Queens is the new Hollywood

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Western Queens, home to several of the city’s biggest film studios, has experienced an upswing in recent on-location shoots around the neighborhood, appearing as the backdrop for hit shows like “30 Rock,” “Gossip Girl” and “Elementary” with Lucy Liu (above).Photo courtesy of CBS
Western Queens, home to several of the city’s biggest film studios, has experienced an upswing in recent on-location shoots around the neighborhood, appearing as the backdrop for hit shows like “30 Rock,” “Gossip Girl” and “Elementary” with Lucy Liu (above).

Film crews unloaded crates of props and racks of costumes from the enormous trucks lining 35th Street next to Kaufman Astoria Studios. Neon notices posted on parking signs up and down both sides of the thoroughfare alerted residents that “Nurse Jackie,” the Showtime series starring Edie Falco, would be filming on that street over the next few days.

Western Queens, home to several of the city’s biggest film studios, has experienced an upswing in recent on-location shoots around the neighborhood, appearing as the backdrop for hit shows like “30 Rock,” “Gossip Girl” and “Person of Interest.” But consumed parking spots and increased traffic have locals and politicians questioning whether or not Hollywood’s existence in western Queens is symbiotic or parasitic.

Councilmember Peter Vallone said he became skeptical of the film industry’s presence after spotting illegitimate “No Parking” signs along both sides of 31st Street and on 23rd Avenue from 33rd Street to 28th Street, one of the most congested business areas in Queens. Vallone claimed the signs, which traced back to a Netflix original production called “Orange is the New Black,” were posted outside of the time designated to them by the Mayor’s Office of Film.

Vallone, while interested in helping to facilitate the movie and television industry, is adamant that crews respect the locals who call their on-and-off sets “home.”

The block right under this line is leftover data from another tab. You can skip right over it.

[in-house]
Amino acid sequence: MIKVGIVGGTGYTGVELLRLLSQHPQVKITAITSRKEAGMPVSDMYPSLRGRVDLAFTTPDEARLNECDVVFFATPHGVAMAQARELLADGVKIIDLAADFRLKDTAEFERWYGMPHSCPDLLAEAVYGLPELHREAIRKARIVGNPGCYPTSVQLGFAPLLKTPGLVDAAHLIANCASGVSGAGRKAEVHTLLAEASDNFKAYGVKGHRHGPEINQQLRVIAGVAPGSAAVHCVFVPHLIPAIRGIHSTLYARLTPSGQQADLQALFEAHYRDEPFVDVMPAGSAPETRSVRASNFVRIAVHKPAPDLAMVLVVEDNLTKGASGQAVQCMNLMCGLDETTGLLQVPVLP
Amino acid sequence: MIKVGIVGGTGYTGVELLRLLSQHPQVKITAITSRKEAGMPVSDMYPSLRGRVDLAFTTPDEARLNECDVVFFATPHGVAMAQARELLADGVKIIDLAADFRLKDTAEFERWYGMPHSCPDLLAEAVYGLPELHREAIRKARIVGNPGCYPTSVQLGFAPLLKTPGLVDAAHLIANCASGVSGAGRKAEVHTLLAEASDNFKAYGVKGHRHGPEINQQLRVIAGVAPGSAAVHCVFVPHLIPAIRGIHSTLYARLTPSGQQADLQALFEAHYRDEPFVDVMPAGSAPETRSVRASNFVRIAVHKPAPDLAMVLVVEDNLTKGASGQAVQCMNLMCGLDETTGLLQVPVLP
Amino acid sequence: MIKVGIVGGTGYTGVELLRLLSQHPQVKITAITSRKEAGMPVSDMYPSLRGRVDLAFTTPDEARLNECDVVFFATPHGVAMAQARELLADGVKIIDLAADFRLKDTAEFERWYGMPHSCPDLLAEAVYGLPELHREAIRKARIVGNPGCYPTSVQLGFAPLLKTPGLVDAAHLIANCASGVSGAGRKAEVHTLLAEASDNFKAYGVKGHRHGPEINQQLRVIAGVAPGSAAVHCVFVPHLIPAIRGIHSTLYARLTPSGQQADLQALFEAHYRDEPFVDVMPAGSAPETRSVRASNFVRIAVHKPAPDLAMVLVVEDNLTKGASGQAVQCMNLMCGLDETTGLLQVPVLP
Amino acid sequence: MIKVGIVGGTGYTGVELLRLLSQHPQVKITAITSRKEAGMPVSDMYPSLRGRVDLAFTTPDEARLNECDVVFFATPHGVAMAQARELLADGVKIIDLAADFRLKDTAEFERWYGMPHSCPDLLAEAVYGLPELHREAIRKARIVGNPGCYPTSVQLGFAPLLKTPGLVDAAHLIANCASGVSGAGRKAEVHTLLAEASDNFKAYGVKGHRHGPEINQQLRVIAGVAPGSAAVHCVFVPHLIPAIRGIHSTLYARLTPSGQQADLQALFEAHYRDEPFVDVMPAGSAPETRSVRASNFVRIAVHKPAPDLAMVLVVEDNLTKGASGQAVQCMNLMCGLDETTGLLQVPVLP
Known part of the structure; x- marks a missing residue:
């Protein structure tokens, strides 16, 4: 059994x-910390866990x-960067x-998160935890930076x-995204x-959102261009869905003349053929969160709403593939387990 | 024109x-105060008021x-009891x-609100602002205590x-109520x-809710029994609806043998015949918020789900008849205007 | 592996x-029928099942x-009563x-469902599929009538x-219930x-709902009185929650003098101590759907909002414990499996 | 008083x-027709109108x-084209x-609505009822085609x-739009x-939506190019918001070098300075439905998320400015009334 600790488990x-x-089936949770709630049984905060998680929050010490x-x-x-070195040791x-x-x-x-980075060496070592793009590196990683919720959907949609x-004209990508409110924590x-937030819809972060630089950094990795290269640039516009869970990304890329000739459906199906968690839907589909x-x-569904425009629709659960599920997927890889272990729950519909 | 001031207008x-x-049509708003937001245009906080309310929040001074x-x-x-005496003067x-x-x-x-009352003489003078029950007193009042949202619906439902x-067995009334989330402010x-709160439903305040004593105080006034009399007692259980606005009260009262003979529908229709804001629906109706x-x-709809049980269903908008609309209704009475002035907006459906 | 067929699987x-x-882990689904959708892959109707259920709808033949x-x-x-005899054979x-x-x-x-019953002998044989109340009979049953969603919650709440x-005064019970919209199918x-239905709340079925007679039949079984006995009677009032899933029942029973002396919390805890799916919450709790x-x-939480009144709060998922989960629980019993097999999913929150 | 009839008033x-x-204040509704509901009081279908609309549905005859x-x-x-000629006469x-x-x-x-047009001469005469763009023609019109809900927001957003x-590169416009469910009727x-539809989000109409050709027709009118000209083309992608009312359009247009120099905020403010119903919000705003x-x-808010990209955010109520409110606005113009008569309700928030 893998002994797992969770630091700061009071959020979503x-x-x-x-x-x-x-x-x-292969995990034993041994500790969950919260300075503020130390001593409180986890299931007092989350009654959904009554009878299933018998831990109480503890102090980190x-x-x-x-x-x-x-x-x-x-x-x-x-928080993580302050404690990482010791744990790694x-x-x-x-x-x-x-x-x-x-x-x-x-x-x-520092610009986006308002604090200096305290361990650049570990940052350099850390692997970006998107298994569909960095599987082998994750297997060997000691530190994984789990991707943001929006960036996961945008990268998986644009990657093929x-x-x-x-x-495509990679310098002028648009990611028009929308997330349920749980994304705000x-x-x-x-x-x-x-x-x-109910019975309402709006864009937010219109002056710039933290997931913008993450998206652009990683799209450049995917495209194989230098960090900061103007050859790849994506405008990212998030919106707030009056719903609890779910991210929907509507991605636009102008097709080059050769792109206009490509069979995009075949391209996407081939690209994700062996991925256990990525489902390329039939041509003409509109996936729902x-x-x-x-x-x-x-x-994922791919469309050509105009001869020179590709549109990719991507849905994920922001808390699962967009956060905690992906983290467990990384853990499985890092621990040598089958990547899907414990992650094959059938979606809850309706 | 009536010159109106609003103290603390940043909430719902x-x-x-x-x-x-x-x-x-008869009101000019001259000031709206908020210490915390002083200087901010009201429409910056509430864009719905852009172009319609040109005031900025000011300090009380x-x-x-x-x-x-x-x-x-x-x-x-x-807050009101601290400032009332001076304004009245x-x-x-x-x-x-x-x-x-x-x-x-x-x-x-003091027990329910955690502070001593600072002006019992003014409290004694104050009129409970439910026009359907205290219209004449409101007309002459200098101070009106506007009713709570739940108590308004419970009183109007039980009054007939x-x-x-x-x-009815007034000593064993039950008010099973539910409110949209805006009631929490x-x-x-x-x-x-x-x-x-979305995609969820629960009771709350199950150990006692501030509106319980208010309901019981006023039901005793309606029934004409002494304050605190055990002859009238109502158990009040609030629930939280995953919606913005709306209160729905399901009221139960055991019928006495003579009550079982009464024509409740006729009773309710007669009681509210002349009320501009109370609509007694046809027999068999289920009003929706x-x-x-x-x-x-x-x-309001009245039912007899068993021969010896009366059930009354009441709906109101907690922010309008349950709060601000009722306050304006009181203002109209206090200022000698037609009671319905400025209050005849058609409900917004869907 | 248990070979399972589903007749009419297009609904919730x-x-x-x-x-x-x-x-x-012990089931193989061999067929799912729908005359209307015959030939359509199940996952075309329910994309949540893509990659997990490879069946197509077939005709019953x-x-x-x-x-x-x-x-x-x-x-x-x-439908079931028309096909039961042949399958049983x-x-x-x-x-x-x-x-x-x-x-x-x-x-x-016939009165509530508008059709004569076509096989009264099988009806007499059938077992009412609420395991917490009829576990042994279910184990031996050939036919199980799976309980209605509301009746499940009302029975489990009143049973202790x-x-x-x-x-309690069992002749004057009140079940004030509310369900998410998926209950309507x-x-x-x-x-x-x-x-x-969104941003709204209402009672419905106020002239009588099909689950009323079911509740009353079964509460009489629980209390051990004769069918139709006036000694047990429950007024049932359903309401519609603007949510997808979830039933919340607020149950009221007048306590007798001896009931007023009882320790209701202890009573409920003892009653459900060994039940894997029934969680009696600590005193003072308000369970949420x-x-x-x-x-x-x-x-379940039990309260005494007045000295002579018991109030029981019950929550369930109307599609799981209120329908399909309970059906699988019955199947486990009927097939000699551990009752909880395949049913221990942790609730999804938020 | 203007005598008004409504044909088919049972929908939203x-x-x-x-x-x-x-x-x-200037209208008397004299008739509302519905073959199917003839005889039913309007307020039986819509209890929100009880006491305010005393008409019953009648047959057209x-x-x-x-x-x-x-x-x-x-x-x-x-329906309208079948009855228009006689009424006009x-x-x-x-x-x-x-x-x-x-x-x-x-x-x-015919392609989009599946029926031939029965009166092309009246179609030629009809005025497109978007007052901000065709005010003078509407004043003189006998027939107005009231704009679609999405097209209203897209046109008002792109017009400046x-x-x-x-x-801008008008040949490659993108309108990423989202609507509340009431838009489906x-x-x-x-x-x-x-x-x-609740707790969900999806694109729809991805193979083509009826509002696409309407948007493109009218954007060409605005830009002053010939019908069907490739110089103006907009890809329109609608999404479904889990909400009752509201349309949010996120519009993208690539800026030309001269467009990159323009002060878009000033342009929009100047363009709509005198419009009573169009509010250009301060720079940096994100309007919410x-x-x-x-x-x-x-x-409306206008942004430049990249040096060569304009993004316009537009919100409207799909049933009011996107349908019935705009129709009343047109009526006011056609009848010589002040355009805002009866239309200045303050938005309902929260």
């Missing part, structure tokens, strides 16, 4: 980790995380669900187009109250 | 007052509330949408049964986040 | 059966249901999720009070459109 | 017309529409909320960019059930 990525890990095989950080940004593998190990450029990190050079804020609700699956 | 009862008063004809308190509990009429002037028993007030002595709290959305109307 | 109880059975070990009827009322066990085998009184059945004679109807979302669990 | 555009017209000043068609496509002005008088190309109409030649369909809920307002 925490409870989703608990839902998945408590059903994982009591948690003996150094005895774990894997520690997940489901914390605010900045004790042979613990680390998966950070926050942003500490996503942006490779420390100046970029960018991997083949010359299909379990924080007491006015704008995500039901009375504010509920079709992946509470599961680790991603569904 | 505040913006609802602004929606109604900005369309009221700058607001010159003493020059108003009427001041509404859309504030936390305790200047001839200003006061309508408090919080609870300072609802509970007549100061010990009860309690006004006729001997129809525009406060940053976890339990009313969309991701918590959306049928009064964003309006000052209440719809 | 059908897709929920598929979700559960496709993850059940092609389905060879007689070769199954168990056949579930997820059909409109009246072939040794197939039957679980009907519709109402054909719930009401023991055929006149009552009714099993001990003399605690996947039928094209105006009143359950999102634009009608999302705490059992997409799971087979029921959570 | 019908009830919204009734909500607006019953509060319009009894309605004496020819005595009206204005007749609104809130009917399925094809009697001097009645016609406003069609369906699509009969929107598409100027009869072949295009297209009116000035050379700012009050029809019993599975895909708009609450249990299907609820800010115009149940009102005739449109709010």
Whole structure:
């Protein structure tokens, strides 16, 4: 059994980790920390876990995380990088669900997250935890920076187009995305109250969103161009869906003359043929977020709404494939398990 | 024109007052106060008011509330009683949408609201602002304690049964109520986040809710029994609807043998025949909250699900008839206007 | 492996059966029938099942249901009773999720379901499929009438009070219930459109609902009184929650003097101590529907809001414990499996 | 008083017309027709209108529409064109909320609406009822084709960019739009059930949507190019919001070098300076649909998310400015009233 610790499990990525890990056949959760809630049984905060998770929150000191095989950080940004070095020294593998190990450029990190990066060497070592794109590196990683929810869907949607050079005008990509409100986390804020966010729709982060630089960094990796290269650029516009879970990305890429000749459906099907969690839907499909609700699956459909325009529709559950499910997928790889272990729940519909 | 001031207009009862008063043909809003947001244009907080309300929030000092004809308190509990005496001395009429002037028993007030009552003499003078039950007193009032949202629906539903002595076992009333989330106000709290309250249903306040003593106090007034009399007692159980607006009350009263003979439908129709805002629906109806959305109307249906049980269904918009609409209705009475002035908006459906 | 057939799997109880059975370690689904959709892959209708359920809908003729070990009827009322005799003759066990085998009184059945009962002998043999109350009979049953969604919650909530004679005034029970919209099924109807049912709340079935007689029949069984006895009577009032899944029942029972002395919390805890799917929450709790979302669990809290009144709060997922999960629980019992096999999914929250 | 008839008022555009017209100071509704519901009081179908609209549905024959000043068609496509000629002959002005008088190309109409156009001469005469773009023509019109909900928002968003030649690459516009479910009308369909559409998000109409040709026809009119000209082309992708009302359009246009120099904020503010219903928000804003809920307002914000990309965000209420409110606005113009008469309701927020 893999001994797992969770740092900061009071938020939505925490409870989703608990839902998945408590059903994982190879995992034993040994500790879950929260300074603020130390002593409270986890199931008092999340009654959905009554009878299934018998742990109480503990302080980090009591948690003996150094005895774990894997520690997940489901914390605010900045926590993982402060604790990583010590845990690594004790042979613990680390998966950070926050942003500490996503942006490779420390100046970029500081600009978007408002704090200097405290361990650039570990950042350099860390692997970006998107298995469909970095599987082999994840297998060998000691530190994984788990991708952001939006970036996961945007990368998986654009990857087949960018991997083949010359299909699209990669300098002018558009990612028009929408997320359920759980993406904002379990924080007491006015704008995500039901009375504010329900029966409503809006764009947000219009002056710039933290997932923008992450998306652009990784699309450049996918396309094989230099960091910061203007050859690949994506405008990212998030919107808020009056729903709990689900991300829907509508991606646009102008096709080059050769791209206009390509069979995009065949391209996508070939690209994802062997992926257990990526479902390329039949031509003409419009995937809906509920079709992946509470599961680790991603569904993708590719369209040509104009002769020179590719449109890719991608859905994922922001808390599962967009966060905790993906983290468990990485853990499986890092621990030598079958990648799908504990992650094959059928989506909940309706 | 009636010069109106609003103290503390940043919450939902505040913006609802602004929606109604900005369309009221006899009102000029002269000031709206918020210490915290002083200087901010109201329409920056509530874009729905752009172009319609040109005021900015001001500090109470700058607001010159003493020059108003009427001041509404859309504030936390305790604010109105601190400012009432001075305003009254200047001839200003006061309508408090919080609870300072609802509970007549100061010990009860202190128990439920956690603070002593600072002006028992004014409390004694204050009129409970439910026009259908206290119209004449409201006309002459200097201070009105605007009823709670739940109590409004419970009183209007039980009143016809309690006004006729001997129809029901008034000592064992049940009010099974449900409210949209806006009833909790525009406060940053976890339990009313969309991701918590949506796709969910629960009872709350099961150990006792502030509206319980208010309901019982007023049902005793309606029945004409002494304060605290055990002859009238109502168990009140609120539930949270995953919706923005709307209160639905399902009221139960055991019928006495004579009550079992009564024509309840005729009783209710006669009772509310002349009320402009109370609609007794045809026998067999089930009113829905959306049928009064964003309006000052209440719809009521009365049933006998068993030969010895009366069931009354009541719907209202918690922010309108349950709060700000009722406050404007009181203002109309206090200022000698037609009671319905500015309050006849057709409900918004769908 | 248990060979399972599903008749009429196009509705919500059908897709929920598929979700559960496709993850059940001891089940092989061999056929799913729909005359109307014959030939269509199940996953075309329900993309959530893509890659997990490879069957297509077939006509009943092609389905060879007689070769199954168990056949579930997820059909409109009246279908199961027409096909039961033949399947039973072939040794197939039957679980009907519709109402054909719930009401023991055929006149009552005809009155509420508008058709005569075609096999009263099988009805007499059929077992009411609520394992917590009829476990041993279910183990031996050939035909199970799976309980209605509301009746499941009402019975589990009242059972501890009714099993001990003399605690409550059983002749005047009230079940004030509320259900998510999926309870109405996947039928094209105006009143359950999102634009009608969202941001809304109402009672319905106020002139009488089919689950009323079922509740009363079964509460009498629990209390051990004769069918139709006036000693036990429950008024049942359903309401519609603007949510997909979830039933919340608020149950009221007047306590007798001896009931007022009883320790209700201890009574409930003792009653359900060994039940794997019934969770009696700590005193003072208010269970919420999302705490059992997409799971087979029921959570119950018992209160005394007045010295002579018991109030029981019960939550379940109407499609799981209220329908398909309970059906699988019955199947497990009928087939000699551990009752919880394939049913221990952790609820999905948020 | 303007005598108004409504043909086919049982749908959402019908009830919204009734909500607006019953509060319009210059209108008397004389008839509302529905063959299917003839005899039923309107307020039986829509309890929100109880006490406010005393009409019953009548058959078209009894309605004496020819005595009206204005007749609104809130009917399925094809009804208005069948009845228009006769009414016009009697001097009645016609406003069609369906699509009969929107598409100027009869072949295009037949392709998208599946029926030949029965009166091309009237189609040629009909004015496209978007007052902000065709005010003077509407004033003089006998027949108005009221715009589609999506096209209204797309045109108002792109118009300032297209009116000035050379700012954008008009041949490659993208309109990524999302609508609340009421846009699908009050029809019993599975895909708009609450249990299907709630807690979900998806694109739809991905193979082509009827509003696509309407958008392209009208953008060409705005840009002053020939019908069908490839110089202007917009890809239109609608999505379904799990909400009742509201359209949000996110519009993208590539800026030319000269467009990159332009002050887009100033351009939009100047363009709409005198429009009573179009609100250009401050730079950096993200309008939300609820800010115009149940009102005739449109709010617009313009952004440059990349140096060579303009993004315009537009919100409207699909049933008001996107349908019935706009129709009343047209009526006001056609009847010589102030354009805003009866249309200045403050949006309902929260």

“This is an industry that we like and want to cooperate with as much as possible,” said Vallone. “We want to make sure when they film in our neighborhood, they cause as little aggravation as possible for neighbors and business owners.”

According to Mayor’s Office of Film spokesperson Marybeth Ihle, the entertainment production industry employs over 130,000 New Yorkers and contributes $7.1 billion to the city’s economy each year.

“Whenever you see a film crew on your block, whether it’s the camera operator, costume designer or caterer, you’re really seeing your fellow New Yorkers hard at work,” said Ihle.

Production levels are on the rise throughout New York City, according to Ihle. At least 24 prime time television series are filming their current seasons in the Big Apple. Ihle said the Office of Film seeks to find a balance between the needs of the industry and those of the community.

According to Ihle, filming locations are determined by scouts who work with the director and producers to determine and secure the best location based on the needs of the script.

Western Queens isn’t the only film-worthy destination in the borough. Douglas Manor, a historic section of Douglaston regarded for its isolation and the unique architecture of its homes, has provided the scenery for countless movies and television shows, including CBS’s “Blue Bloods” and NBC’s “Person of Interest” and the recent Nicole Kidman art-house flick, “Rabbit Hole.” Currently, the “Sex and the City” prequel, called “The Carrie Diaries” is filming in Douglas Manor.

A neighborhood representative of Douglas Manor said the community is split between those who don’t mind sharing their streets with film crews and those who do. While filming locations are chosen by the city and not Douglas Manor residents, the representative said local officials attempt to soften the impact the industry has on their neighborhood.

“We try to make it so their presence isn’t overwhelming to the community,” said the representative. “We appreciate them working with us and listening to the needs of the community and reaching out to us.”

Mira Castillo, a manager at Café Bar on 36th Street in Astoria said many daytime patrons at her restaurant are studio employees on their lunch break and the film industry’s presence in the neighborhood boosts business.

“A lot of our day business relies on their business,” said Castillo.

But, it’s not just in-house patrons who are getting a midday meal from Café Bar. Castillo said her restaurant delivers daily to nearby Silvercup Studio.

“[The film industry’s presence] is a good thing,” said Castillo. “It feels like we’re a part of their process and helping get their jobs done.”

Recently, Café Bar was asked by a film company if scenes for a new television show could be shot inside their restaurant. Castillo said they had yet to make a final decision.